the lion's roar, the lion's roar is something that I have heard before, a children's tale, the lonesome wail, of a lion's roar. 

 

e1n:

I am currently taking a class called “Visual Communications”, which apparently is the very first foundation class people take when they go to an art school.  The purpose of this class is to train you so that you are confident with your lines and won’t need to scribble too much while sketching.
Our first week’s homework is training on hand stability.  I’ve heard a lot of artists complain that they have “shaky hands” and so when they ink their drawings, it comes out crap, so I thought I’d share my homework with you guys.
Draw a line about 2 inch long, as straight as you possibly can without a ruler.  Go over this line EIGHT times without making the line any thicker.  Repeat this exercise 10 times.
Draw a line about half a page long, as straight as you possibly can without a ruler.  Go over this line EIGHT times without making the line any thicker.  Repeat this exercise 10 times.
Draw a line from one end of the page to the opposite end, as straight as you possibly can without a ruler.  Go over this line EIGHT times without making the line any thicker.  Repeat this exercise 10 times.
Repeat the above exercise, but with an arc, and then with a wave.
We’re supposed to do this every day before we draw as a warm-up.  Basically just keep drawing lines, arcs, and waves until you fill up an entire 8.5x11 page.  Use felt-tip pens like microns/multiliner/sharpie.  Keep doing this for the rest of your drawing life and your inking will get significantly better.

e1n:

I am currently taking a class called “Visual Communications”, which apparently is the very first foundation class people take when they go to an art school.  The purpose of this class is to train you so that you are confident with your lines and won’t need to scribble too much while sketching.

Our first week’s homework is training on hand stability.  I’ve heard a lot of artists complain that they have “shaky hands” and so when they ink their drawings, it comes out crap, so I thought I’d share my homework with you guys.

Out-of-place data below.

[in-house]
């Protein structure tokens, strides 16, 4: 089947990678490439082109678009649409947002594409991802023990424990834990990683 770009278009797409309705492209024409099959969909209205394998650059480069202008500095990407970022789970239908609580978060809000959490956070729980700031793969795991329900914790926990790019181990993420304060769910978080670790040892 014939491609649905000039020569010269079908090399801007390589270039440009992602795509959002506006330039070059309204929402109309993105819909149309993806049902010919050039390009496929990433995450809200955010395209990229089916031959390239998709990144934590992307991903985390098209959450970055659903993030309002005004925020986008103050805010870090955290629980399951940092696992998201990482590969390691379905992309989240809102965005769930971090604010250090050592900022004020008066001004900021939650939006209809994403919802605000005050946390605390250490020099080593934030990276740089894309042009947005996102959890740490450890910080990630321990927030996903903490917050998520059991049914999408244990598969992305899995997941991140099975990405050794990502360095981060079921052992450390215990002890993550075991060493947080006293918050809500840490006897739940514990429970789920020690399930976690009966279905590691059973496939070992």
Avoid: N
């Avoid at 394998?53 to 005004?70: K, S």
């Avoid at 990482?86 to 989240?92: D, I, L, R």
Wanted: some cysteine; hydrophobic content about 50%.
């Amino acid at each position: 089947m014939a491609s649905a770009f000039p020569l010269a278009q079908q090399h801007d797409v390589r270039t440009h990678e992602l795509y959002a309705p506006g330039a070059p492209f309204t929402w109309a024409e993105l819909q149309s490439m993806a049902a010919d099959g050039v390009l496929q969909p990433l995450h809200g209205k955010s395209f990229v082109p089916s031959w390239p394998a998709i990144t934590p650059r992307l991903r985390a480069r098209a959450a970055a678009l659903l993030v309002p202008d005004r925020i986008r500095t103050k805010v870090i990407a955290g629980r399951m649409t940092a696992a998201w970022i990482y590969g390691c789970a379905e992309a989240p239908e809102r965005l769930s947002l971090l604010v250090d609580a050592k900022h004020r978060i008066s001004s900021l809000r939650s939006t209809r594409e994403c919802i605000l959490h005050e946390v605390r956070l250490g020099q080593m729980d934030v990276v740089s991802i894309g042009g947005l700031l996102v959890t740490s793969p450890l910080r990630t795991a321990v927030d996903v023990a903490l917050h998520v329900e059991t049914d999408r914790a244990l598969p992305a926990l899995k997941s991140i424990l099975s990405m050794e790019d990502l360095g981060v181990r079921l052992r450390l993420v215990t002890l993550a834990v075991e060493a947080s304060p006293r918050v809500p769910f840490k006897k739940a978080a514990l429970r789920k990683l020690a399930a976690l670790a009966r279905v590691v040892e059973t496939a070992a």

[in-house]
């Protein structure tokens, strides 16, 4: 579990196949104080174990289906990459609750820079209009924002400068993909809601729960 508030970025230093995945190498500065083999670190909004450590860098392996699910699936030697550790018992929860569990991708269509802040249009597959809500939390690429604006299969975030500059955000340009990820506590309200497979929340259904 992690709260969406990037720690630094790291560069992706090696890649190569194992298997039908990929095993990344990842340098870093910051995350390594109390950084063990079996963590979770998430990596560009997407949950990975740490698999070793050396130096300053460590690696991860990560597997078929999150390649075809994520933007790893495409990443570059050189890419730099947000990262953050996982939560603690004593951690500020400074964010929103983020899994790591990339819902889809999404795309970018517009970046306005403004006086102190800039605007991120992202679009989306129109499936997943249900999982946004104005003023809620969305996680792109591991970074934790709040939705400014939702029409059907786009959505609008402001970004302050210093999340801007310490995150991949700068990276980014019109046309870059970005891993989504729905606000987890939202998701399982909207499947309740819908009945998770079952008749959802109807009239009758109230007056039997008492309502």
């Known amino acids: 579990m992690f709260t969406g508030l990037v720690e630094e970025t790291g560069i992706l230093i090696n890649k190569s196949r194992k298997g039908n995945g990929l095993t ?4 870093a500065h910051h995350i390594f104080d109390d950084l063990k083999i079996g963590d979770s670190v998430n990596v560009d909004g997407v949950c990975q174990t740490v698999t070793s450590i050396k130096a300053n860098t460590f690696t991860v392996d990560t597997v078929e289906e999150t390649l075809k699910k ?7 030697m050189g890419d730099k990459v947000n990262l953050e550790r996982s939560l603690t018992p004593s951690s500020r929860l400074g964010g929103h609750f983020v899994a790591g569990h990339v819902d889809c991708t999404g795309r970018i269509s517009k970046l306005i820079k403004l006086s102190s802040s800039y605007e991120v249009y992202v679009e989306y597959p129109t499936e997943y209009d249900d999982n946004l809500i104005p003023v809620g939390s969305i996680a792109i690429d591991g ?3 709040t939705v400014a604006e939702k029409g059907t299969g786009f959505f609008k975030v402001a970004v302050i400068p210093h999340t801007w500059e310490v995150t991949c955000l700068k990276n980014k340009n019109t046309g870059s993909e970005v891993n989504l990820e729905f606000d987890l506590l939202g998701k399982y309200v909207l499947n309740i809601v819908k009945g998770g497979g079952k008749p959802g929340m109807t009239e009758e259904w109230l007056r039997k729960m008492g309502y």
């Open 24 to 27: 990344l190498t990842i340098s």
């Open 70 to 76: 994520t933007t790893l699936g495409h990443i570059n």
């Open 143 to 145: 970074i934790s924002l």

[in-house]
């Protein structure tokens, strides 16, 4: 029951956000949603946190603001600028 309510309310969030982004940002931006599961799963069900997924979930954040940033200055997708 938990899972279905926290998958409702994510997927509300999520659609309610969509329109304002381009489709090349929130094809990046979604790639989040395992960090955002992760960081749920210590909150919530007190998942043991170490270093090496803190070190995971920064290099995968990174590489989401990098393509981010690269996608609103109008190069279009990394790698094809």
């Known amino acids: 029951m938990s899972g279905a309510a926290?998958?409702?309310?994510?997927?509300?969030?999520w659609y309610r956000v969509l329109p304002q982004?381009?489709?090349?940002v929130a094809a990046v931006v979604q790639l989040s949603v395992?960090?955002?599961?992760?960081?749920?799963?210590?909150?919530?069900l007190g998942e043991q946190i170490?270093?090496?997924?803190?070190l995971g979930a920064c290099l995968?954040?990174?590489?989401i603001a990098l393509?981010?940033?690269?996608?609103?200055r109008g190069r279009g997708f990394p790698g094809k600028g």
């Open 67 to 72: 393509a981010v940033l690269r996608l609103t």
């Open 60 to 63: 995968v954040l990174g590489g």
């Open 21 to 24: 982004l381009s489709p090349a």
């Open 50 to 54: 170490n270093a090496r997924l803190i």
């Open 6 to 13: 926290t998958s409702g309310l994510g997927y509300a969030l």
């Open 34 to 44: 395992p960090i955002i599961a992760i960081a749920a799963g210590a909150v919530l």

1. Draw a line about 2 inch long, as straight as you possibly can without a ruler.  Go over this line EIGHT times without making the line any thicker.  Repeat this exercise 10 times.
  2. Draw a line about half a page long, as straight as you possibly can without a ruler.  Go over this line EIGHT times without making the line any thicker.  Repeat this exercise 10 times.
  3. Draw a line from one end of the page to the opposite end, as straight as you possibly can without a ruler.  Go over this line EIGHT times without making the line any thicker.  Repeat this exercise 10 times.

Repeat the above exercise, but with an arc, and then with a wave.

We’re supposed to do this every day before we draw as a warm-up.  Basically just keep drawing lines, arcs, and waves until you fill up an entire 8.5x11 page.  Use felt-tip pens like microns/multiliner/sharpie.  Keep doing this for the rest of your drawing life and your inking will get significantly better.

griselines:

g:special.Thought I would post here sometimes until I have time again for dailies (not likely before long!).

griselines:

g:special.
Thought I would post here sometimes until I have time again for dailies (not likely before long!).

tomscholes:

mrockefeller:

First interior concept for the giant’s cabin from my project “Dragonfly Holiday.”

Oh boy oh boy !

tomscholes:

mrockefeller:

First interior concept for the giant’s cabin from my project “Dragonfly Holiday.”

Oh boy oh boy !

aidosaur:

The Black Earth. (photoshop)

There are many stories about Dhio, nearly every one of them is false.

awkwardsituationist:

the remote, secluded and little known rice terraces of yuanyang county in china’s yunnan province were built by the hani people along the contours of ailao mountain range five hundred years ago during the ming dynasty. during the early spring season, when these photos were taken, the terraces, once planted, are irrigated with spring water from the forest above, which reflect sunlight to create these images.

photos by jialiang gao, javarman, isabelle chauvel and thierry bornier
(previous posts on the rice terraces of the philippines and vietnam)